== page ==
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spotting scopes

 
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  #22  
Old 09-29-2013, 11:57 PM
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High Price Spotting Scopes

High price range. This range spans over $2,000 from the low to high end. Generally, I think you get what you pay for. The products at the high end will do a better job of implementing the features that distinguish these scopes from the mid-range products:

Apochromatic objective lens: The objective is a triplet design using HD/ED/XD glass. Color fringing is nearly absent and the sweet spot over which the image is crystal clear extends nearly from edge to edge.

Field flattener: Image blur near the edge of the field of view due to focus change (rather than color fringing) is also nearly absent. Image distortion is also significantly reduced.

Wide field of view: The eyepieces are enormous by comparison to low end scopes. They provide a wide field of view with a long eye relief that allows eyeglasses to be worn. For people with astigmatism or other vision problems that require eyeglasses, a high end scope is a good investment. The field of view is expansive and there is little or no “bean” obscuration as the viewer scans the eye across the field of view. Eye and neck strain from shifting the eye to avoid obscuration doesn’t happen.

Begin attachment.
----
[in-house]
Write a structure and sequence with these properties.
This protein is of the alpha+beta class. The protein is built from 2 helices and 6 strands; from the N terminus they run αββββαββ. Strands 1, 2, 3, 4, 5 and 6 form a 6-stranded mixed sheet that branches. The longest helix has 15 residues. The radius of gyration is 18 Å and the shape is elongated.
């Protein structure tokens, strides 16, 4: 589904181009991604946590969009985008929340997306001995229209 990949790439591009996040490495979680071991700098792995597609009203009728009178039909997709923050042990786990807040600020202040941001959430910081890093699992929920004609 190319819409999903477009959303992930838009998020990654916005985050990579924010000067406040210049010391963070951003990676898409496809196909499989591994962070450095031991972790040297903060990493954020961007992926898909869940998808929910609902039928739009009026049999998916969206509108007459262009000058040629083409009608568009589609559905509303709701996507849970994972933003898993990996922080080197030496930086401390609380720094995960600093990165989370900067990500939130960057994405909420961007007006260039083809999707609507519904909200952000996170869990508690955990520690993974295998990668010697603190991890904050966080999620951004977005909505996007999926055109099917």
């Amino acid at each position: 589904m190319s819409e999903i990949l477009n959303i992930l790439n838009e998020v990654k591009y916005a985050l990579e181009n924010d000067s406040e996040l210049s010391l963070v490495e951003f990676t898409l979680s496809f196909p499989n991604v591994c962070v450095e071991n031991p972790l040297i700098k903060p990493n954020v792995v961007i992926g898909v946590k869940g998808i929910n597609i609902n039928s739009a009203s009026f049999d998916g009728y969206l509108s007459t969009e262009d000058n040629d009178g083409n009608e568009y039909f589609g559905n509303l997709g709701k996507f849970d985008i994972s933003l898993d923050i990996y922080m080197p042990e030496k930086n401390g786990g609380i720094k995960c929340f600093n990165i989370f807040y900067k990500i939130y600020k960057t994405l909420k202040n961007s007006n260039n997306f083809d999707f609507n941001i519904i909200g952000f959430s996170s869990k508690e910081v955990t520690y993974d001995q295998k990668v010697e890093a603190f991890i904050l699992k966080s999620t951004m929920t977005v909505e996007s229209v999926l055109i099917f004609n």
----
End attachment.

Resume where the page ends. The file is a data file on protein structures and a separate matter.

Color fidelity: Lens coatings are optimized for both high transmission and excellent color uniformity. Colors are accurate. Outer objective and eyepiece lens surfaces have hard, hydrophobic coatings that shed water and are easy to clean.

High contrast: Stray light and glare are significantly reduced through the proper use of internal coatings and “glare stops”. The image is so bright and clear that it seems to jump out at you. Low contrast image details are visible, as though you were standing right next to the object.

Precision mechanics: Focus and zoom adjustments have excellent precision and stay tight, rather than becoming loose over time. These products have well thought out ergonomics and are a joy to use.

Durability: These scopes have either aluminum or magnesium alloy bodies, and usually have a rubber coating that protects the scope from scratches and dings.

Environmental: Scopes are rated for waterproofness, humidity and temperature range, just like military gear. This rating means the scope has been extensively tested in an environmental chamber.

Excellent digiscoping accessories: Digital camera attachments that fit in place of the eyepiece or over the eyepiece are offered. Switching back and forth from the eye to the camera is quick and easy.

Examples of scopes in this price range include the Vortex Razor HD (low end) and the Meopta S2 HD (mid range). Of course the high end “alpha glass” includes the Zeiss Victory Diascope, Leica APO Televid and Swarovski ATS/STS. The Swarovski ATX/STX modular scopes are the most versatile spotting scopes in the world. The top dogs in the digiscoping world are probably the Swarovski ATS/STS and ATX/STX because of the TLS APO digital camera lens system.

For most people, these high end scopes are a lifetime investment. They will give decades of service to the buyer and then be handed down to the next generation.